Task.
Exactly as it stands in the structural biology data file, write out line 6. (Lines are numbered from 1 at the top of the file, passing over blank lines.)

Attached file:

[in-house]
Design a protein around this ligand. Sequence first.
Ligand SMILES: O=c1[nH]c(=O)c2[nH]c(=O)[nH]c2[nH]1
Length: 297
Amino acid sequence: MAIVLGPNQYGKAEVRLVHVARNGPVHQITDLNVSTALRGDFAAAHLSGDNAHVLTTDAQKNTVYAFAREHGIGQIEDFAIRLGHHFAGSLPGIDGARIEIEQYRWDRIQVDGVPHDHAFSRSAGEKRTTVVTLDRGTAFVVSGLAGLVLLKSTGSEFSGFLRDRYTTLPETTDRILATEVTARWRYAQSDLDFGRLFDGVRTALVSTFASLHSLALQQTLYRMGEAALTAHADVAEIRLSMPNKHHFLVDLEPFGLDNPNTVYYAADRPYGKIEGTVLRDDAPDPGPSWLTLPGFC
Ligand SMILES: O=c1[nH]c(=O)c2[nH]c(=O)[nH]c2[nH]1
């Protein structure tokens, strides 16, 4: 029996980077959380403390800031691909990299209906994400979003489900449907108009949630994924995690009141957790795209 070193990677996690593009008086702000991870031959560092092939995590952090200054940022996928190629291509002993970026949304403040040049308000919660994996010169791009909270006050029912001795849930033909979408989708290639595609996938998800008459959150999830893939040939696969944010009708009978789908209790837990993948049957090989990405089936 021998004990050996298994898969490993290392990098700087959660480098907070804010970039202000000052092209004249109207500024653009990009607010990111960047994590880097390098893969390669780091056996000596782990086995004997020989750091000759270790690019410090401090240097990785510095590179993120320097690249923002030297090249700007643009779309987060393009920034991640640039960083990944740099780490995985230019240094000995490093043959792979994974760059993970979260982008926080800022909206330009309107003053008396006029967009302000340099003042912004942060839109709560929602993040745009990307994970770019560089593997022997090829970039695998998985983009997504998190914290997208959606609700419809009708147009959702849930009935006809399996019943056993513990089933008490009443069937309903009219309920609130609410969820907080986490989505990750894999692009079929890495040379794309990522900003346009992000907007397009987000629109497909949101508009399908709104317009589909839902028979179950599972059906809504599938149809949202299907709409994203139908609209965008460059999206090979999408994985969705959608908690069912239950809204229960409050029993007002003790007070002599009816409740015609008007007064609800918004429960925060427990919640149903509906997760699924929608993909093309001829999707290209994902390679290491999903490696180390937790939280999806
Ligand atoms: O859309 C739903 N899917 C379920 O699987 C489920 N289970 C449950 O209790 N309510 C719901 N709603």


Ligand SMILES: O=c1[nH]c(=O)c2[nH]c(=O)[nH]c2[nH]1